This article, originally prepared as a presentation for e-SMART training material, by Electro Ljubljana RES Ltd, is going to present electricity distribution network in the conditions of so called green transition. This ambitious plan is a big challenge for distribution network to support, since all needs proposed in green transition are huge.

In the future, electricity consumption will increase a lot. The reasons for that is our ambition to generate power for our society in a sustainable and environmentally friendly way. Another reason is that technologies we are using now for carbon free energy generation are mostly connected with the electric energy or at the end any kind of generation is turned into electricity. In Slovenian National Energy and Climate Plan (NECP) estimates are given that 70% of electricity consumption increase will happen till 2050. However, today's primary energy supply in Slovenia is at the level of 70 terawatt hours what is much more than 20 terawatt hours estimated in NECP. Increase in electricity demand will be much higher than expected if we, by chance, don't implement completely new energy sources, not known yet or at least not commercially available yet. Estimation to be really carbon neutral society goes up to 40 terawatt hours of electric energy from renewable sources.

CO2 neutrality of our society will have major impact on distribution network. If we use at the moment mostly popular renewable resource – the photovoltaic, we will have to connect about 40 giga watts mostly distributed generation capacity, while today's capacity is at the level of 3 gigawatts. Renewable Energy Sources are mostly connected to the distribution network where today only about 0.4 gigawatts are connected. Distribution of 40 terawatt hours of energy instead of today's 12.5 is a huge challenge for existing network which needs to be totally refurbished, land rebuild. In ideal case minimum needed network capacity increase is between 250 and 300% but probably even close to 400%. With today's investment pace, as we increase network capacity by 1.5 to 3% each year, to reach required national plans we would need 100 years. Estimation is that increase of investment in distribution network needs to be 300% and the question here is can users of the network afford it and still being competitive.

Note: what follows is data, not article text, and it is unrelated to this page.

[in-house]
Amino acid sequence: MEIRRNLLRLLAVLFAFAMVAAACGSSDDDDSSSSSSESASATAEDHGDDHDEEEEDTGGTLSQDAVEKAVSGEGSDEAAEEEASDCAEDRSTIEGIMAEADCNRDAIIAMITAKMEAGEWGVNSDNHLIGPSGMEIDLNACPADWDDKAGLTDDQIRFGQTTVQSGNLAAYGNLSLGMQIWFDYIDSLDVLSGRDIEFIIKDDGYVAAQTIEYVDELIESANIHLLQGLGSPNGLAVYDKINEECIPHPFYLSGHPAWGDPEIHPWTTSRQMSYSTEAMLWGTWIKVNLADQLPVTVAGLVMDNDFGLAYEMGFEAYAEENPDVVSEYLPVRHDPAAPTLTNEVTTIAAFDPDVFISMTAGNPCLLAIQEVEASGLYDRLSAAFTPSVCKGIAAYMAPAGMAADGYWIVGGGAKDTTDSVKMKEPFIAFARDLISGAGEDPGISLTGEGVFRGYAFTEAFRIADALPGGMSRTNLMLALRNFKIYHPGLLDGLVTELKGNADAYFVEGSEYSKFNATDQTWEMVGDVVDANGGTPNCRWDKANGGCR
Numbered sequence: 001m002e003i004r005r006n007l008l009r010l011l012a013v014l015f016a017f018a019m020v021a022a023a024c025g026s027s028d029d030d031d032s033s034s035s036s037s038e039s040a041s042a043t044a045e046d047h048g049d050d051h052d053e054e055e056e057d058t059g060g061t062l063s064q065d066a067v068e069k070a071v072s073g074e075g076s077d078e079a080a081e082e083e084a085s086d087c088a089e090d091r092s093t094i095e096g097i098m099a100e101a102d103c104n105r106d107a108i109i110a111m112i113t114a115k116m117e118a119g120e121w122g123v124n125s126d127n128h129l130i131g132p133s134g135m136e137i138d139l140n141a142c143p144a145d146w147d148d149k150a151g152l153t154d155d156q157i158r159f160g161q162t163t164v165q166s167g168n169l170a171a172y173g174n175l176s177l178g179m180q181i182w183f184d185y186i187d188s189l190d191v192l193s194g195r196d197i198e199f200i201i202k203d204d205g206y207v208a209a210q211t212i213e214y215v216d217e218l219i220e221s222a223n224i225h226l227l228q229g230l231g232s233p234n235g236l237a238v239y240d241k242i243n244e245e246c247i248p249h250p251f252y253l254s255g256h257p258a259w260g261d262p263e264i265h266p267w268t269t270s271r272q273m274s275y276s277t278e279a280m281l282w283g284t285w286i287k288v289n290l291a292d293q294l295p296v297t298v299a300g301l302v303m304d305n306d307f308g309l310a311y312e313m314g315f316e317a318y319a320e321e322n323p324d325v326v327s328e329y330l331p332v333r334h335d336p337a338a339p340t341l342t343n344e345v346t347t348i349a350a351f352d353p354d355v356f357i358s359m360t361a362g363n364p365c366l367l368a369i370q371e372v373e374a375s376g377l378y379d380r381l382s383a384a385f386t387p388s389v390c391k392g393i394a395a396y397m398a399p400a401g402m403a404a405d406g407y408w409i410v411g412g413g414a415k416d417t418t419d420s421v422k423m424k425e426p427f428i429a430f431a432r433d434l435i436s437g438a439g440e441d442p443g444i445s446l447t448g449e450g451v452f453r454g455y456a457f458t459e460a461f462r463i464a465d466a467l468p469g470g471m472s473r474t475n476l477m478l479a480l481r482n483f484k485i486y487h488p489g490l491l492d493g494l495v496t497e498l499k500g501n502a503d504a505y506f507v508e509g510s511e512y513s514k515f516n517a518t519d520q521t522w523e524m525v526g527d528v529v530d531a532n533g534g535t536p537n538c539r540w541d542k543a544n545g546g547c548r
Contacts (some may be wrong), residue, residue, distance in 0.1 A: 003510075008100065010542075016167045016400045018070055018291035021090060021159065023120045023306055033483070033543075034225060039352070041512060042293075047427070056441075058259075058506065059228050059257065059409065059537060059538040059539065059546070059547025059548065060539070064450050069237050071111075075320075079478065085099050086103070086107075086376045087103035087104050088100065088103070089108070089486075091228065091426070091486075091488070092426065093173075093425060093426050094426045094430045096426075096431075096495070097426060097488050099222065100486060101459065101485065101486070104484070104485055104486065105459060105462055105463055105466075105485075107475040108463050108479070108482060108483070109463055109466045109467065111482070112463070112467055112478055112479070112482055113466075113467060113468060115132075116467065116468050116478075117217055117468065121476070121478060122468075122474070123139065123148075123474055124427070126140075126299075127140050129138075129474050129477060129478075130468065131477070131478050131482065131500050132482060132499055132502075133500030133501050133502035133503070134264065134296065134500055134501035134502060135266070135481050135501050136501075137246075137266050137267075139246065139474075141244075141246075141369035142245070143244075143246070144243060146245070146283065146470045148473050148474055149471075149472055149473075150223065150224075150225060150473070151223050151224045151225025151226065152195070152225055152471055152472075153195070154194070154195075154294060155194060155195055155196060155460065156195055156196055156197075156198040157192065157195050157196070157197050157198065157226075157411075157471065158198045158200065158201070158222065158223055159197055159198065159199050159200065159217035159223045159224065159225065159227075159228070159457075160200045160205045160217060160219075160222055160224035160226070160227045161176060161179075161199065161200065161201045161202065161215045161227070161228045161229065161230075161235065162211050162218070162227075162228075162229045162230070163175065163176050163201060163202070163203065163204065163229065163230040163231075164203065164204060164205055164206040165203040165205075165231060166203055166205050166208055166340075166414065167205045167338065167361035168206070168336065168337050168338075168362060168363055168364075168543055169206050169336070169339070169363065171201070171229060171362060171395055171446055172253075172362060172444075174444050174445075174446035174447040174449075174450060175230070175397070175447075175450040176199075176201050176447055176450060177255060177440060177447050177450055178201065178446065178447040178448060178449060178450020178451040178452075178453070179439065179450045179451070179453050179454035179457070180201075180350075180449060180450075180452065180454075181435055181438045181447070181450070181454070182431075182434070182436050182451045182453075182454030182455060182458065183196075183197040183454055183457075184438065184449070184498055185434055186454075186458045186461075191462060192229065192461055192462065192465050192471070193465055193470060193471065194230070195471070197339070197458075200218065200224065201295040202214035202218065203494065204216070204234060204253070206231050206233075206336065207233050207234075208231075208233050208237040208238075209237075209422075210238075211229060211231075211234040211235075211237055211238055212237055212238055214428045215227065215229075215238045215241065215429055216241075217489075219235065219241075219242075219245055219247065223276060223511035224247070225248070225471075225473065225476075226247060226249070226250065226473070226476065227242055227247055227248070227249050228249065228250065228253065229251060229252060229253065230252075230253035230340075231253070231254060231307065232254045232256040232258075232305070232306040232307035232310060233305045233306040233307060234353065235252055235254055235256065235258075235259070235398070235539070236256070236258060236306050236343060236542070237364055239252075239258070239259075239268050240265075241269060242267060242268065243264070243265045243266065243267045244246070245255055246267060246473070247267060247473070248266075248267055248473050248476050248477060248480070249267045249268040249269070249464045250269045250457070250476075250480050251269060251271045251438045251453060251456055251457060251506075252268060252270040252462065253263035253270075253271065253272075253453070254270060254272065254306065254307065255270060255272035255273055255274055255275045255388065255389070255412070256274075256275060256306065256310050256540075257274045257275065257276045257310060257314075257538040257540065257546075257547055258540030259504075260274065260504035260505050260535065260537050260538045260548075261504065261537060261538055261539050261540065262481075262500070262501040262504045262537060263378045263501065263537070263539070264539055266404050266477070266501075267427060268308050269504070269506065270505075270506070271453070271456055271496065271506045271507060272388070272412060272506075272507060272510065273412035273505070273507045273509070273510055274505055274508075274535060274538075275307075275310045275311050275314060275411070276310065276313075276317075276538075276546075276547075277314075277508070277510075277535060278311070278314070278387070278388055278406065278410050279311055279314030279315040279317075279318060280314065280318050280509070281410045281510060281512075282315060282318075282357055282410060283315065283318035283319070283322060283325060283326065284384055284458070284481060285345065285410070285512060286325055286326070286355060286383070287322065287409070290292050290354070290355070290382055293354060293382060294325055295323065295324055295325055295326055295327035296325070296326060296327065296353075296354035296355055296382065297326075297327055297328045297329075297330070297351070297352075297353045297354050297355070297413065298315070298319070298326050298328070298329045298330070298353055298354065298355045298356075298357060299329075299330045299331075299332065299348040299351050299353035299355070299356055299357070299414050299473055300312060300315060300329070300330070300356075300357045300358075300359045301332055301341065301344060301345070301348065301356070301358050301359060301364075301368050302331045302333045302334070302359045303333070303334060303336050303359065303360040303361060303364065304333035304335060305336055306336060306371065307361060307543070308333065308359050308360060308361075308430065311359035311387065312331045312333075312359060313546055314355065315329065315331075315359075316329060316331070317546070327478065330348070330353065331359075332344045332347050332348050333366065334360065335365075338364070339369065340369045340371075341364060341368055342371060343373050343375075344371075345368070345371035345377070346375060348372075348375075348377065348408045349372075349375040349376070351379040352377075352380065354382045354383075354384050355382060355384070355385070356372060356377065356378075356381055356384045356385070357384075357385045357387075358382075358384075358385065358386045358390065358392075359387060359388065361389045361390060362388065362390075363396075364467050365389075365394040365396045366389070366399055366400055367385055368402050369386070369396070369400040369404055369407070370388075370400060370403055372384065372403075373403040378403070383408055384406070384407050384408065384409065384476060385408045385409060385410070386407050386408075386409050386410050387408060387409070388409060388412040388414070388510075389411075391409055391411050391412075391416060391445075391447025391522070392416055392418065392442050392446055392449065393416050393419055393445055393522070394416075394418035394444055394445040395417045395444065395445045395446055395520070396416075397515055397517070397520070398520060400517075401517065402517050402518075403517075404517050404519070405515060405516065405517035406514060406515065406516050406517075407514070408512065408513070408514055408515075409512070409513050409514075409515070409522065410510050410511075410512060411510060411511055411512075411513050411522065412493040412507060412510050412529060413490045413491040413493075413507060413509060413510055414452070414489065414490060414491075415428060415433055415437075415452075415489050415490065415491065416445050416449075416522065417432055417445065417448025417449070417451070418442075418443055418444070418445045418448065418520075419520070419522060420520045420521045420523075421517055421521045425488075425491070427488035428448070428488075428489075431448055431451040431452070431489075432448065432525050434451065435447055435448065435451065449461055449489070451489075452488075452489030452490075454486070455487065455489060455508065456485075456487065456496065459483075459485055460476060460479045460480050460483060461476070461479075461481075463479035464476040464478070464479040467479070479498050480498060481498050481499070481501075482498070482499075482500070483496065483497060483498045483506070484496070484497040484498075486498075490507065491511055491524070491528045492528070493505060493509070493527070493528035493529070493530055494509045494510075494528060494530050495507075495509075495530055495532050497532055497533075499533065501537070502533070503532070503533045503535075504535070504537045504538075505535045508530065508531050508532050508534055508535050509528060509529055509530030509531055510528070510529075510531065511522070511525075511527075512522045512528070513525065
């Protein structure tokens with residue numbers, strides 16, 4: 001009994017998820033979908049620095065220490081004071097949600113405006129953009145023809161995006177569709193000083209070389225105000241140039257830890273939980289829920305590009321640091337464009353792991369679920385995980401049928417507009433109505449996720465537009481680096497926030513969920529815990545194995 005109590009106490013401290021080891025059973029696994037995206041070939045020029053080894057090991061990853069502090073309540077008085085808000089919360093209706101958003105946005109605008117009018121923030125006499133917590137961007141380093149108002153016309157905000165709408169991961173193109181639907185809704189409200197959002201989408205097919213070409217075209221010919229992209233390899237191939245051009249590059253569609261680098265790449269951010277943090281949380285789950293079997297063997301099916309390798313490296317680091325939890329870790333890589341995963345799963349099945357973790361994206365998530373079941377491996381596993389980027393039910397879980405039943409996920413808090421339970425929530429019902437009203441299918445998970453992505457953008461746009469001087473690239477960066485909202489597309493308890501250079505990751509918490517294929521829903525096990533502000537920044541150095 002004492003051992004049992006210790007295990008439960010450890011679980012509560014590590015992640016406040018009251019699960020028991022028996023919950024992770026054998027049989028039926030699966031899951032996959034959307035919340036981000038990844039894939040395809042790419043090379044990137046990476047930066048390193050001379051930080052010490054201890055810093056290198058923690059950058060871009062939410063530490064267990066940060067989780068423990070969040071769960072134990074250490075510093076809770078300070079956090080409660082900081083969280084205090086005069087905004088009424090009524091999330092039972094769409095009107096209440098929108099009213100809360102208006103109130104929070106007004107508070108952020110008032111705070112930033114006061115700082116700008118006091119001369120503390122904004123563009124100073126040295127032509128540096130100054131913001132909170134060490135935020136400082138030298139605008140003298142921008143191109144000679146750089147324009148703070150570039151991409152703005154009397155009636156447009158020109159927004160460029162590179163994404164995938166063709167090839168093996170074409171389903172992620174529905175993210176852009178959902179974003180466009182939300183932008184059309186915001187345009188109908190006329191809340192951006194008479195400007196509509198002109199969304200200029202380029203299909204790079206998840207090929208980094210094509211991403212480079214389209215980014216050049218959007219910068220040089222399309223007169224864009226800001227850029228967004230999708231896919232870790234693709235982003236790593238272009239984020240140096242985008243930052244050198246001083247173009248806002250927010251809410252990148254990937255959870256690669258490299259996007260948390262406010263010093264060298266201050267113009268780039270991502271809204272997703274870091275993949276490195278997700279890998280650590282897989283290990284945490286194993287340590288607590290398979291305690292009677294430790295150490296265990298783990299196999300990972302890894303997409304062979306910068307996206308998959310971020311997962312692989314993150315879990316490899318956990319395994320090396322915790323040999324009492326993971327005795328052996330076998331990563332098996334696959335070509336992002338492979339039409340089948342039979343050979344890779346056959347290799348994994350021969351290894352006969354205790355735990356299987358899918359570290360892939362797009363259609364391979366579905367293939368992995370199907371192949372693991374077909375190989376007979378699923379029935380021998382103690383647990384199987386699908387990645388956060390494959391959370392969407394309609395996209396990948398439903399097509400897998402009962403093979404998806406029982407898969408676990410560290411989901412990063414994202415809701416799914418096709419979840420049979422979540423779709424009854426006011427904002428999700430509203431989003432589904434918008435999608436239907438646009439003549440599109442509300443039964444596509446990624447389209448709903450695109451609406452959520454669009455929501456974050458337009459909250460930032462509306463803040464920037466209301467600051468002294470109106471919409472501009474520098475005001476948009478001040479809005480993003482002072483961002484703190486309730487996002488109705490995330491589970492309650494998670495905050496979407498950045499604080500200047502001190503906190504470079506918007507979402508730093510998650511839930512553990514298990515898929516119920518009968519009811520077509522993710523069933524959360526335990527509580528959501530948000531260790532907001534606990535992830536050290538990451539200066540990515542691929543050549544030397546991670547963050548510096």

If we compare our Slovenian national plans with estimations at the EU level we can find a lot of similarities. Eurelectric estimates investment needed for distribution network to double, from 33.5 billion EUR per year, to 60 during 2021 to 2030, that means in the next 10 years. European Commission estimates this needs to be even higher, between 60 and 110 billion EUR per year, which means between 200 and almost 400% of increase. Our own estimates are at about 350%. Imagine influence on network tariffs and costs for electric energy and consequentially competitiveness of EU economy when these figures are really implemented. Question is also, where to find founds and human resources because, founds are not the only problem. There is a lack of engineers in this field in Europe and distribution network needs all possible support to follow these trends of green transition and overcome bottlenecks on that way. Otherwise it will not be possible to connect all these renewable clean energy sources and deliver all needed electricity to the society, economy, households, traffic heating and everything else what it's supposed to be driven by electricity in the near future.

Why we are so sure that electricity demand will increase in the future? One of the reasons is that most of the strategies of sustainable development rely on electrification of heating. The reason for that is that heat pumps are really very efficient means of heating and that they use electric energy. At the EU level already by 2030 four times more heat pumps is estimated then in operation today. In Slovenia the number of heat pumps rises very quickly already. Their total electric capacity is already over 270 megawatts what is 13% of peak load of the whole country. Estimated number of heat pumps by 2030 is 200,000 heat pumps with total loading of additional 950 megawatts. Only in 2019 the number of heat pumps increased for 53% and installed capacity raised for 67 megawatts.

To be continued...